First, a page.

This is why I said “give Six Apart a break” a few days ago. Turns out that Salesforce.com had an outage the other day too. See, this is why I don’t like this rush to the Web for everything. It’s why I like an RSS aggregator that stores my stuff on BOTH the Web AND my desktop or Tablet PC. Silicon.com has a better article on this.
This is why I say Steve Gillmor is nuts when he says Office is dead. Silicon Valley has been trying to kill the thick client ever since it came out. Sorry, I still want my data local. It’s what I really liked about Radio UserLand. Right now my data is at WordPress. Now, I like Matt a lot, but he’s in control of my digital life. If his servers get hit by a terrorist everything I have disappears. Not so if I had it stored locally as a backup like I did with Radio UserLand.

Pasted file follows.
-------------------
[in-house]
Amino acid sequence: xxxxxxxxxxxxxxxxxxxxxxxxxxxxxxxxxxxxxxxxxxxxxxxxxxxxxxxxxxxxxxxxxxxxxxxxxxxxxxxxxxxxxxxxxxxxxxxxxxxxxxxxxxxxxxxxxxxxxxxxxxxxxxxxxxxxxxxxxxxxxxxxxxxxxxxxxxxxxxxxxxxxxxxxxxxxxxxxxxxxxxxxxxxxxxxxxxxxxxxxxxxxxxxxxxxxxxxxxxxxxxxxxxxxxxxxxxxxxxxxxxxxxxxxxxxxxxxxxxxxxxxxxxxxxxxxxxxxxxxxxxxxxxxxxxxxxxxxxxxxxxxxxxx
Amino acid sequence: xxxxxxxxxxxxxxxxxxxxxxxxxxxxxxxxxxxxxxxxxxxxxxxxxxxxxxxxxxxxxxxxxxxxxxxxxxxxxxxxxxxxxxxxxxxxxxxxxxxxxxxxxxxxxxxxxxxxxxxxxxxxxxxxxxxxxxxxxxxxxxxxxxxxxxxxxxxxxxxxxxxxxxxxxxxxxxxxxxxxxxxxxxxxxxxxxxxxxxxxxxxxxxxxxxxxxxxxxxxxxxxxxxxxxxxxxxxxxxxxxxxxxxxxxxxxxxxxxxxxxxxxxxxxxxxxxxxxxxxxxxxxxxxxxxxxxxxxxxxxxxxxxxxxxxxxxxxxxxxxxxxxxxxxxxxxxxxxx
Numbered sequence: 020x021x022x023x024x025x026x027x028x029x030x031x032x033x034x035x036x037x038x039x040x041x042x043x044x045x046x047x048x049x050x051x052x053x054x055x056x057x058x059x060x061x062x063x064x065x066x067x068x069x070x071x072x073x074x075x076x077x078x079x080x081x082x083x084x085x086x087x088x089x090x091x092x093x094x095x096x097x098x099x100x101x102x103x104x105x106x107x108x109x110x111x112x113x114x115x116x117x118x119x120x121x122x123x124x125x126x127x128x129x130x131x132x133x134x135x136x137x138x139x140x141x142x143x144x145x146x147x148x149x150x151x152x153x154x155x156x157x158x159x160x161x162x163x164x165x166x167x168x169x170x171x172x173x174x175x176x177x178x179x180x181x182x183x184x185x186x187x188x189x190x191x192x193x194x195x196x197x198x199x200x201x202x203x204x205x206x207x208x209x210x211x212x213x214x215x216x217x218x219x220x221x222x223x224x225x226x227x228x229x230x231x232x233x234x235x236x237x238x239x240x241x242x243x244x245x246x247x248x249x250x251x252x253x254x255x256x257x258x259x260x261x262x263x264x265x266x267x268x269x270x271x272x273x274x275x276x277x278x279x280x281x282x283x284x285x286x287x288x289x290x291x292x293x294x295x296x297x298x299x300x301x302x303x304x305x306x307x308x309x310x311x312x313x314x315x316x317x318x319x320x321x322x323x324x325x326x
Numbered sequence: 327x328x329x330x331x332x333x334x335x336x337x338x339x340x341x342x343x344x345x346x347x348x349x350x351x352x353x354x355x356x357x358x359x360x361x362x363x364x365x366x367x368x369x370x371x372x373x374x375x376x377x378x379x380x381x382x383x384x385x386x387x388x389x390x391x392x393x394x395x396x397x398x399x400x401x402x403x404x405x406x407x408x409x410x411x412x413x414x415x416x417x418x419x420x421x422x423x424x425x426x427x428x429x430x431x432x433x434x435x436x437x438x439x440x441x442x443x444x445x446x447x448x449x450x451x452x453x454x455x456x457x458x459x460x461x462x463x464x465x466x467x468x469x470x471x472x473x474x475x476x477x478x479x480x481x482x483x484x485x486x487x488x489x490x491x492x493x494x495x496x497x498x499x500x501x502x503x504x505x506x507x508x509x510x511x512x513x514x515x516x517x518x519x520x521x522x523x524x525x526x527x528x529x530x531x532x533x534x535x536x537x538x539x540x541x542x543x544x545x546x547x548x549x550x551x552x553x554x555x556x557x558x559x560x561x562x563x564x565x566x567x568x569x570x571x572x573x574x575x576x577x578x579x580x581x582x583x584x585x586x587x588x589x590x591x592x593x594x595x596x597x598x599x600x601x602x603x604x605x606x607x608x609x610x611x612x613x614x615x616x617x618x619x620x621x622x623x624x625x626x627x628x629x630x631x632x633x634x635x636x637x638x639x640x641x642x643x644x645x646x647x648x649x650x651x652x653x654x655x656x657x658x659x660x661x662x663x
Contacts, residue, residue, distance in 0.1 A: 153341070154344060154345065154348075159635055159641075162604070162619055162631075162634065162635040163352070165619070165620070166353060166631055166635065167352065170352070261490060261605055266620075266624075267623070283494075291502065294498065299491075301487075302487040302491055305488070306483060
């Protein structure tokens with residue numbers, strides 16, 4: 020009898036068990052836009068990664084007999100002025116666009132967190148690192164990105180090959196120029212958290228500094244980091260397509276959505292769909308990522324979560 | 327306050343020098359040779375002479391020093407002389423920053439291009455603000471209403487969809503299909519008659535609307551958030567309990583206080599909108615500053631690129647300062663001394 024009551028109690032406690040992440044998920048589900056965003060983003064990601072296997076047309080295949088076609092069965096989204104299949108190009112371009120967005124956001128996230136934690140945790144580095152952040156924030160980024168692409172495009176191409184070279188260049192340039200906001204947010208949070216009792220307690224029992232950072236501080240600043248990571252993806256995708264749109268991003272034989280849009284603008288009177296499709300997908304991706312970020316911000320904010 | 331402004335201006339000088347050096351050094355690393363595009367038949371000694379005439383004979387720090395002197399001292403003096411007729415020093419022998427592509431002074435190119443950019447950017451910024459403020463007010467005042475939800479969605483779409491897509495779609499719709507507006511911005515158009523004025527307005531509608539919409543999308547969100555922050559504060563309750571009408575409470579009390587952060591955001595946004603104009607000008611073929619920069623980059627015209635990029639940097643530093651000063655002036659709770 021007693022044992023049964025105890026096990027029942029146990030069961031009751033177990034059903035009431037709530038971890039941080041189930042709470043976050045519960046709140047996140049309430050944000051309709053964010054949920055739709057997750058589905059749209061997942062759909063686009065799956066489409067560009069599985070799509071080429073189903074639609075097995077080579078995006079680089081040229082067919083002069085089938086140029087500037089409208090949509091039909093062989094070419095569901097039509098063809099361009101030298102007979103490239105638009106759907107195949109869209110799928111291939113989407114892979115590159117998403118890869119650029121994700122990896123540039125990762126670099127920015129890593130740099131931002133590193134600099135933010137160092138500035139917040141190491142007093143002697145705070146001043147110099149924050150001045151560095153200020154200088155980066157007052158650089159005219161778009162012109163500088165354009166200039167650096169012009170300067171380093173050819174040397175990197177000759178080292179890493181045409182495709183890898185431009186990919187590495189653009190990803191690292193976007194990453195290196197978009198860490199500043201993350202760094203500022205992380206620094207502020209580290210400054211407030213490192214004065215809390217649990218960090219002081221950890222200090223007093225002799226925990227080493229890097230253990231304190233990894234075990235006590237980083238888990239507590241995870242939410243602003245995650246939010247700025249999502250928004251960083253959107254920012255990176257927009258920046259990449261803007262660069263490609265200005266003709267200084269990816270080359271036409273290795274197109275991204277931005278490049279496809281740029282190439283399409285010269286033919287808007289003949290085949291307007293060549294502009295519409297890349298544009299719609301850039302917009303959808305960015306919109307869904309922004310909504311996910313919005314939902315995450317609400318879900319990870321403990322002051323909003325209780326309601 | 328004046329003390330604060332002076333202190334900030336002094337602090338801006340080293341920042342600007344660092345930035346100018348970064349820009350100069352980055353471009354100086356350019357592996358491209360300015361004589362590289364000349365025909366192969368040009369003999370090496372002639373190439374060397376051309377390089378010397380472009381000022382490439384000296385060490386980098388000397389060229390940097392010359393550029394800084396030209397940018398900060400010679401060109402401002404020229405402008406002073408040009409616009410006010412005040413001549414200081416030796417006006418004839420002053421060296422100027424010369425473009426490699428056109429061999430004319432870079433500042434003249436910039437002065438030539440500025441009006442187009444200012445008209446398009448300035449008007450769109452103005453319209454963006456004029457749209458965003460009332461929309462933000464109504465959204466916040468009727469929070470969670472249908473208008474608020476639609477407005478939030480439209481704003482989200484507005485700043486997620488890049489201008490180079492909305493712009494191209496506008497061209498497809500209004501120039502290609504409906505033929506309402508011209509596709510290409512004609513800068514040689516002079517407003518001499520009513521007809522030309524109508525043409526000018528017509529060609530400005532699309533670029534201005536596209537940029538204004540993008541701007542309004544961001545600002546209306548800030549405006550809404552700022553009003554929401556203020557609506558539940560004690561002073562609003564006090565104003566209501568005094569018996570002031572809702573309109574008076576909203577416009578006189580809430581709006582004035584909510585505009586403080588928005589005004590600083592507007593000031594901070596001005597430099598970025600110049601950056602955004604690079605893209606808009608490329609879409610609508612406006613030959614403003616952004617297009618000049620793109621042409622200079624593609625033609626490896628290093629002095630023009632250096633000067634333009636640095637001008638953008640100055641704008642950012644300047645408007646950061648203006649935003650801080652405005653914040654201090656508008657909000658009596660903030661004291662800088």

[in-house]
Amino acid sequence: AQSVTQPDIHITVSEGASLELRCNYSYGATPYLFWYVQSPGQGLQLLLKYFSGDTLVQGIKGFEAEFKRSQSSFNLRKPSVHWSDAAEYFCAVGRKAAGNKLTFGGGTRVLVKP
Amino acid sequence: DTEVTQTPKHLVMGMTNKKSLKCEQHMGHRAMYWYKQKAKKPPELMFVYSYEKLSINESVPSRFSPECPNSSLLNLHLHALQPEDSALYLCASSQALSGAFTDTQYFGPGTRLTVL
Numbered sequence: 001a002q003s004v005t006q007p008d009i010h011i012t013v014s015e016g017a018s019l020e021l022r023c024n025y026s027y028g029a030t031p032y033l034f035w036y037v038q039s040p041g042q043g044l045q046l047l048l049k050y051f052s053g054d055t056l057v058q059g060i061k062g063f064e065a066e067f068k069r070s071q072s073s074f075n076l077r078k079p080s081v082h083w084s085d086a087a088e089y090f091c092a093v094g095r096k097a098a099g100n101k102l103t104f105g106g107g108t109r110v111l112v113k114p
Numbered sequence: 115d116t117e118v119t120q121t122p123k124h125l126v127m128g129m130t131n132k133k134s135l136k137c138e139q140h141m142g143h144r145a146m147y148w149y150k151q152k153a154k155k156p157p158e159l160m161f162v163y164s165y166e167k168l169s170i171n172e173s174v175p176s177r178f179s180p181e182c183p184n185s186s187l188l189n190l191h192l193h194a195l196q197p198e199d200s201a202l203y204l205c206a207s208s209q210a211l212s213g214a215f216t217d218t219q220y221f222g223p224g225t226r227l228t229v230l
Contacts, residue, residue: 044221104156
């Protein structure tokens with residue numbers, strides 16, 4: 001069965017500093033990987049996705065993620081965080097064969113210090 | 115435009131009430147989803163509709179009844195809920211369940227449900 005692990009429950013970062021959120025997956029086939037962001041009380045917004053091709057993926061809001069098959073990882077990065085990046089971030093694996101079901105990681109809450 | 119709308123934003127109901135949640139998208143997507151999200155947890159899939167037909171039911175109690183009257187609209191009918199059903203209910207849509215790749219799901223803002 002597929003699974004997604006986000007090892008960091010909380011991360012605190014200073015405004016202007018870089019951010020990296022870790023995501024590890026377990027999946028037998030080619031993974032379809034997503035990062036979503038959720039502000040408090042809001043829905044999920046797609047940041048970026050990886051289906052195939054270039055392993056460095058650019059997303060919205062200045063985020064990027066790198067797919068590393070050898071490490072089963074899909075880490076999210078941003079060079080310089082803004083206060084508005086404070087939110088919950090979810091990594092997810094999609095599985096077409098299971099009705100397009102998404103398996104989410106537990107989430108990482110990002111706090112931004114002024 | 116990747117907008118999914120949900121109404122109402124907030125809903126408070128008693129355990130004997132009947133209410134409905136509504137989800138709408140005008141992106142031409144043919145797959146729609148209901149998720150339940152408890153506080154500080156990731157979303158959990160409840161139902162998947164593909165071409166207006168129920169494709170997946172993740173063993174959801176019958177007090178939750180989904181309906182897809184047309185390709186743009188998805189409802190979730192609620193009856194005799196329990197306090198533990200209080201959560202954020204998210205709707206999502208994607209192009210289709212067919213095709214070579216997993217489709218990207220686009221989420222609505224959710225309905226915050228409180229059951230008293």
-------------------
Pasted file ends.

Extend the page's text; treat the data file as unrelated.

But, back to the Six Apart point. Truth is that these systems are still way too fragile and having a totally resilient system is extremely difficult. I’m certainly not going to throw the first rock here. But, I love having systems that have BOTH a Web and a local storage capability.
I look at Exchange’s email. I can get to it from a Web browser, which is great cause I can get to my email over at friends’ houses without having to carry my Tablet PC along, but I also have it stored locally (on several machines, I might add) so if something with the Internet or datacenter goes screwy I have everything backed up.
In all the Web 2.0 hype I don’t see enough emphasis on this. Look at Riya. I have to upload my photos to their servers to have the system work. Why can’t I do all that work locally as well and have a backup copy?
I’ll tell you why: adoption.
Most entrepreneurs (and even those of us inside big companies) know that you’ll get far faster adoption if you don’t make users install anything.
Which is why things like Salesforce.com are so attractive. It reduces IT costs by not forcing companies to install software on their PCs.
But, there is a cost. You’re looking at it in this post.